I was surprised that the lead story in the Jan. 20 Post and Courier detailed the sting of a Charleston rickshaw driver who had the temerity of being a hospitable pedaler while taking his client (read undercover police officer) exactly where she asked to go.

My call to David Criscitiello confirmed that he was taking his customer from "Point A" to "Point B" along the Battery, and that he conversed with her about the many historic sites along the way.

He was being polite. He did not charge an extra fee for his transport - the rickshaw drivers bill for time, not mileage, and his client wanted to take a scenic, but not circuitous, route.

I am concerned that public resources were devoted to a long investigation and sting of offending bootleg-tour-giving rickshaw drivers when we are constantly reminded by the City of Charleston that we must embrace tourism, be hospitable to all visitors, and acquiesce to the various inconveniences that come with it to residents.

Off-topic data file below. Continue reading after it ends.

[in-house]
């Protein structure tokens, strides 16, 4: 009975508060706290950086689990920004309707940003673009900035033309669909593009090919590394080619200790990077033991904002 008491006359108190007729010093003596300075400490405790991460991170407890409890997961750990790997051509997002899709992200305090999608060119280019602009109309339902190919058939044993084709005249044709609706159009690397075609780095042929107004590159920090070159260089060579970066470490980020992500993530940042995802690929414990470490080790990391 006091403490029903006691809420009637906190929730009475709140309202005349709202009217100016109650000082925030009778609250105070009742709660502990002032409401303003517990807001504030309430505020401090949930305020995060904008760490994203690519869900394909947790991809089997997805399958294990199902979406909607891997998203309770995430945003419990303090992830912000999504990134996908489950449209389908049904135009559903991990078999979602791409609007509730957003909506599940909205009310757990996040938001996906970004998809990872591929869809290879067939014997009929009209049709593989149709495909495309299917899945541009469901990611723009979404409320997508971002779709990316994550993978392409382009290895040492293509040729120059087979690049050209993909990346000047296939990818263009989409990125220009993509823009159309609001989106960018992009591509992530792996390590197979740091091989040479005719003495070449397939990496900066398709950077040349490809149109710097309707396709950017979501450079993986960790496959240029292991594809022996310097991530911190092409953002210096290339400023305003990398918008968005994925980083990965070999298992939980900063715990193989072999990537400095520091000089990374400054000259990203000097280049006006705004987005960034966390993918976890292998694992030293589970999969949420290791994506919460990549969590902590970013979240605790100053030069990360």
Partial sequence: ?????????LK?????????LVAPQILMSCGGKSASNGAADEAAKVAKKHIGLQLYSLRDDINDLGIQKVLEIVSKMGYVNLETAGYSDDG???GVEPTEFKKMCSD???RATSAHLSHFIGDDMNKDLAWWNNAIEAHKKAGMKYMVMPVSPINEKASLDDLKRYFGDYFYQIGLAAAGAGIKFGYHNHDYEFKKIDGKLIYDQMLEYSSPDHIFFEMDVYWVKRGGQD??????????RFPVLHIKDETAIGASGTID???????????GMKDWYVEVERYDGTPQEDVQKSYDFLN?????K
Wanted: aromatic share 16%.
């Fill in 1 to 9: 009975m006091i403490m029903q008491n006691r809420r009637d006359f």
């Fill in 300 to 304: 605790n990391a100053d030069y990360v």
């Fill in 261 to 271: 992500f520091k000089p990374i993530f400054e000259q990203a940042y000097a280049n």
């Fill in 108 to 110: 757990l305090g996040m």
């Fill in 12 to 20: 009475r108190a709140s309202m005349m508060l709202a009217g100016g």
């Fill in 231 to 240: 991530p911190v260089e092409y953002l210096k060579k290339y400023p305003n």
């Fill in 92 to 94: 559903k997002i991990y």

I assume that the police department could have just as easily sent a warning memo to rickshaw companies, or in this specific instance, issued a warning citation to David Criscitiello rather than fine him a punitive $1,092. Since we have been named the friendliest city in America by numerous travel publications, and Mr. Criscitiello appears to have been a friendly host, it seems that the powers that be could have exercised better discretion in this matter.

To abate this wrong in the friendliest city of America, a few friends and I have created the Beadle Bumble Fund, modeled after the one created by the Richmond News Leader of Richmond, Va., in the 1950s.

We will select various victims of the arbitrary and capricious enforcement of authority that is contrary to the demeanor of our genial city.

We have taken up a collection, and our first donation of $100 will be to Mr. Criscitiello to help defray the costs of the fine levied against him.

We hope that authorities will take note and extend a little more courtesy and discretion to all residents of our city, and in this instance, our city's ambassadors in the tourist trade.


Broad Street